Indeed, positive is good, but so is reality. It's a reality that too many students leave school as mathematical illiterates. Say what you will about tests, there's something wrong when the "passing" score is mere points above random guessing. Who's fault? There's enough blame to go around. However, teachers are going to be held accountable, and there will be pressure from administrators - there already is. Teachers will have to learn how to manage this situation.
In my view, the most positive thing we can do is acknowledge that this accountability stage will be here for a while, and to learn how to cope effectively. That means helping teachers focus more directly on the curriculum and teaching students to take tests. This goal can be accomplished, and it's going to make a difference in the professional lives of teachers.
From: email@example.com [mailto:firstname.lastname@example.org] On Behalf Of Roberta M. Eisenberg Sent: Friday, September 07, 2012 9:38 PM To: email@example.com Cc: firstname.lastname@example.org; email@example.com; firstname.lastname@example.org Subject: Re: A Quote from Polya
Polya has many helpful problem solving strategies that are well worth learning and teaching. They can apply to any type of problem even those not mathematical.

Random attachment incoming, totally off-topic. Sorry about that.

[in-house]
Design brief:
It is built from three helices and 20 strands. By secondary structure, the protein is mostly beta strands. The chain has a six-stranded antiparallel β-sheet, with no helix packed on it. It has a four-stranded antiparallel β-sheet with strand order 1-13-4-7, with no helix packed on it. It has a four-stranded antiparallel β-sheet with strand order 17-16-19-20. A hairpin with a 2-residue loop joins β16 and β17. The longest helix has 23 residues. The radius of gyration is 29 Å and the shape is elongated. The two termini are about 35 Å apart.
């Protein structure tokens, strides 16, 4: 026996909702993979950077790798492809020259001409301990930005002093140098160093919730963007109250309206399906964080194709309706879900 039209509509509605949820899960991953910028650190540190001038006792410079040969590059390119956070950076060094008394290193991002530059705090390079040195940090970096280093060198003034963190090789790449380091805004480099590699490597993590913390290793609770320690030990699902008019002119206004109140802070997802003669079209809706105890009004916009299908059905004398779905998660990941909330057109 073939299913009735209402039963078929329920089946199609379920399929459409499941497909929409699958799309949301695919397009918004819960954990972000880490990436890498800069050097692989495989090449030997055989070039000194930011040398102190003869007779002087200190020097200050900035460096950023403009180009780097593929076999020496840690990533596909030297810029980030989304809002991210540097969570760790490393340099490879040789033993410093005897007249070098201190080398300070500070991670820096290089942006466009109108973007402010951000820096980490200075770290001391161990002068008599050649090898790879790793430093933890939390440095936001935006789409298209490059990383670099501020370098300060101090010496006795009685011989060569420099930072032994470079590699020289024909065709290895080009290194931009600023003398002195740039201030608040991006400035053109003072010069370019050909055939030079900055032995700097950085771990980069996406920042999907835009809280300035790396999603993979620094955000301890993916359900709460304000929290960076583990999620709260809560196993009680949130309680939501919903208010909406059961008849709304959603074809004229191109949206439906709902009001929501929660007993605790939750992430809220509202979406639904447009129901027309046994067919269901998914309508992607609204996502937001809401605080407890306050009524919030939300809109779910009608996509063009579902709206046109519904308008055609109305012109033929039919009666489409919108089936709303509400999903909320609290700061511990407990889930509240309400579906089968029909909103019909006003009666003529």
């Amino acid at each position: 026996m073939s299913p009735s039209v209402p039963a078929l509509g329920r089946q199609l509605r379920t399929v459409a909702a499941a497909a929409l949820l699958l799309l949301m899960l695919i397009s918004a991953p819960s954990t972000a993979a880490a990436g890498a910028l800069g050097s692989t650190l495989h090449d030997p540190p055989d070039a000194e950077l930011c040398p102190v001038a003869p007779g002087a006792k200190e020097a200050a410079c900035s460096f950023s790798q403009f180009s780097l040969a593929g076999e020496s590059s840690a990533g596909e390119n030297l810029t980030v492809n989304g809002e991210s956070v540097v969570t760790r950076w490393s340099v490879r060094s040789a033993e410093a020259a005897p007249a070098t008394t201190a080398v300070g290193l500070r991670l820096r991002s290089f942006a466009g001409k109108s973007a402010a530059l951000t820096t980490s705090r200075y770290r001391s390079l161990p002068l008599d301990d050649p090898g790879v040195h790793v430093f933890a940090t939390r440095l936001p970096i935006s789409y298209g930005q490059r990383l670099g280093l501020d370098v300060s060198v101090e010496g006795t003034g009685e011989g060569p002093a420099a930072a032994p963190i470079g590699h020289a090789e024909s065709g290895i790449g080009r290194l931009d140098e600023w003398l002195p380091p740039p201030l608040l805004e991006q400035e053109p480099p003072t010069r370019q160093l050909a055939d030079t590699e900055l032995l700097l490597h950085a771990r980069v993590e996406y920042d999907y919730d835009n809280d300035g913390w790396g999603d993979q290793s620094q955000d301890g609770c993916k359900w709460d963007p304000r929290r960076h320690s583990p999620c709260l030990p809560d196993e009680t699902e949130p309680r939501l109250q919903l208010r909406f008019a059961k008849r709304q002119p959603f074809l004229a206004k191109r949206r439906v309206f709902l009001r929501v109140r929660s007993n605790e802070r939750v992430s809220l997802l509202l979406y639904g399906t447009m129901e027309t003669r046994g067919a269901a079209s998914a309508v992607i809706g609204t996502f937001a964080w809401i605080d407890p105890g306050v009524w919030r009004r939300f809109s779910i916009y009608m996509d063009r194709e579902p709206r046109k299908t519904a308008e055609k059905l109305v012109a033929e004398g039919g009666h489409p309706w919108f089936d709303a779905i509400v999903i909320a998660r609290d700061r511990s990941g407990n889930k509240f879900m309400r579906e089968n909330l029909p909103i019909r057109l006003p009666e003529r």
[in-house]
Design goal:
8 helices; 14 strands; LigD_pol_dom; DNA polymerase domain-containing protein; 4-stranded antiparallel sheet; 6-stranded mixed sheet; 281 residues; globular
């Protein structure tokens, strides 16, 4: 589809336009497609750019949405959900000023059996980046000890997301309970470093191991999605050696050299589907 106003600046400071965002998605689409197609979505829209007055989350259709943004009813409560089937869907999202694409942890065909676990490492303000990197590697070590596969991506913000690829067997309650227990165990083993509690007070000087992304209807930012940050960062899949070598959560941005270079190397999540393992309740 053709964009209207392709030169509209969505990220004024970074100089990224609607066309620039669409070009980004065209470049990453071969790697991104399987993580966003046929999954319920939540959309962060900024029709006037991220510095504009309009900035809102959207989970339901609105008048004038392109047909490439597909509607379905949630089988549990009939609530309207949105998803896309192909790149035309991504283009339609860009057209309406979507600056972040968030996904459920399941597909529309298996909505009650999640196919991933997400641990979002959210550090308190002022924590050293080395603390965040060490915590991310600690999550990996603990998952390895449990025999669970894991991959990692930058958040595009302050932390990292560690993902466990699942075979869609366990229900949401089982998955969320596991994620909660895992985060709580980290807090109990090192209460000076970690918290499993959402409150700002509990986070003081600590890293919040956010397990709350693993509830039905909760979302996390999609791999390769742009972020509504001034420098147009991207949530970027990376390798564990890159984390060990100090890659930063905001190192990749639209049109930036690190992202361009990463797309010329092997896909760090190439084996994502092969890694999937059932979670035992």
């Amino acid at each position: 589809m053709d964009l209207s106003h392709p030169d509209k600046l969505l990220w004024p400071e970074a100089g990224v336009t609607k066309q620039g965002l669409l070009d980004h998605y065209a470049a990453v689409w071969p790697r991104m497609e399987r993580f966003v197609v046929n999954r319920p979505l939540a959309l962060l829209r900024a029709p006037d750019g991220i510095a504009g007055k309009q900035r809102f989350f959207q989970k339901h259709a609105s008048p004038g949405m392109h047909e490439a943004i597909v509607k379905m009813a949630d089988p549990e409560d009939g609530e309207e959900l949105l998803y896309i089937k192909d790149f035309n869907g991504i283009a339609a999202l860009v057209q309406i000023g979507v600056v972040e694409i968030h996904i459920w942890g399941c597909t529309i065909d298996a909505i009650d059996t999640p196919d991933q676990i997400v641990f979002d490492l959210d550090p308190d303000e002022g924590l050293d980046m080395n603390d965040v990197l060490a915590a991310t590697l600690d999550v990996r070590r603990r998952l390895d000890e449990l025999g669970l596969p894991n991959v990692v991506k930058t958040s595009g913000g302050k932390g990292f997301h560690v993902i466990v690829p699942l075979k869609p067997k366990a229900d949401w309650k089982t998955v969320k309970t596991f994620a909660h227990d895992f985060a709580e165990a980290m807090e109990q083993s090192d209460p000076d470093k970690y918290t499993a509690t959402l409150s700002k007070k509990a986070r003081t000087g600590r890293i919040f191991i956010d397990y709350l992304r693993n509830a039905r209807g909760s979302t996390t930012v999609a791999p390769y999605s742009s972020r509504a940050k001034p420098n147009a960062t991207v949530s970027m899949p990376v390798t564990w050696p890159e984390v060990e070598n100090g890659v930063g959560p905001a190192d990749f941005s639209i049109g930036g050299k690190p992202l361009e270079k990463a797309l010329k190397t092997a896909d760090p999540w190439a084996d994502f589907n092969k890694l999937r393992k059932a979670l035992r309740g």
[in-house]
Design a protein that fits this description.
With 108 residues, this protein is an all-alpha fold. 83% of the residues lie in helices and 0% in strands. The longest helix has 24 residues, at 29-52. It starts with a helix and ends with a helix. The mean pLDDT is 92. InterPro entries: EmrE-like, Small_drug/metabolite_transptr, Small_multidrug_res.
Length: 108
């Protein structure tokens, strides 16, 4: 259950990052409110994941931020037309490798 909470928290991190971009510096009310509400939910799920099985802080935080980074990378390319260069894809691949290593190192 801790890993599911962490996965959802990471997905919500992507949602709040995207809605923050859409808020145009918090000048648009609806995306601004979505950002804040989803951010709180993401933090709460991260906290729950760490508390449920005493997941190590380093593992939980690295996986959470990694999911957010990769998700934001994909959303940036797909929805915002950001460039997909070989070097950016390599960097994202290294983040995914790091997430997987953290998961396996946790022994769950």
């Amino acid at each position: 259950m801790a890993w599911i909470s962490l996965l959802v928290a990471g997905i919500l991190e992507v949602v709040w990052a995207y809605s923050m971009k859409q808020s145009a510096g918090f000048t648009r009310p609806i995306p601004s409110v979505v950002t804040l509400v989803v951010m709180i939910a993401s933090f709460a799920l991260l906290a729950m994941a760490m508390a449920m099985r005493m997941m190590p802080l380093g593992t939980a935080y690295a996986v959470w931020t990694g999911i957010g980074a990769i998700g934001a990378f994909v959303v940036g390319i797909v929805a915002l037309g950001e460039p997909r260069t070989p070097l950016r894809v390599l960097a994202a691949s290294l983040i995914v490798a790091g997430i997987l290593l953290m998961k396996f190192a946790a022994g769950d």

I had hoped that the quote might be a positive way to start the year.
On Sep 7, 2012, at 12:02 PM, Bob wrote:
It's a nice thought.
But what if a student finishes high school without even the most basic math knowledge, or just doesn't finish.
Those teenagers are dumped into an unforgiving workplace with little hope. Polya has nothing for them, nor, apparently, do we.
From: email@example.com [mailto:firstname.lastname@example.org] On Behalf Of Roberta M. Eisenberg Sent: Friday, September 07, 2012 10:41 AM To: email@example.com; firstname.lastname@example.org; email@example.com; firstname.lastname@example.org Subject: A Quote from Polya
FYI - Some words of wisdom from the master problem solver. (Known for his famous book, How to Solve It.)
Pedantry and mastery are opposite attitudes toward rules. To apply a rule to the letter, rigidly, unquestioningly, in cases where it fits and in cases where it does not fit, is pedantry ... . To apply a rule with natural ease, with judgment, noticing the cases where it fits, and without ever letting the words of the rule obscure the purpose of the action or the opportunities of the situation, is mastery. -George Polya, professor of mathematics (1887-1985)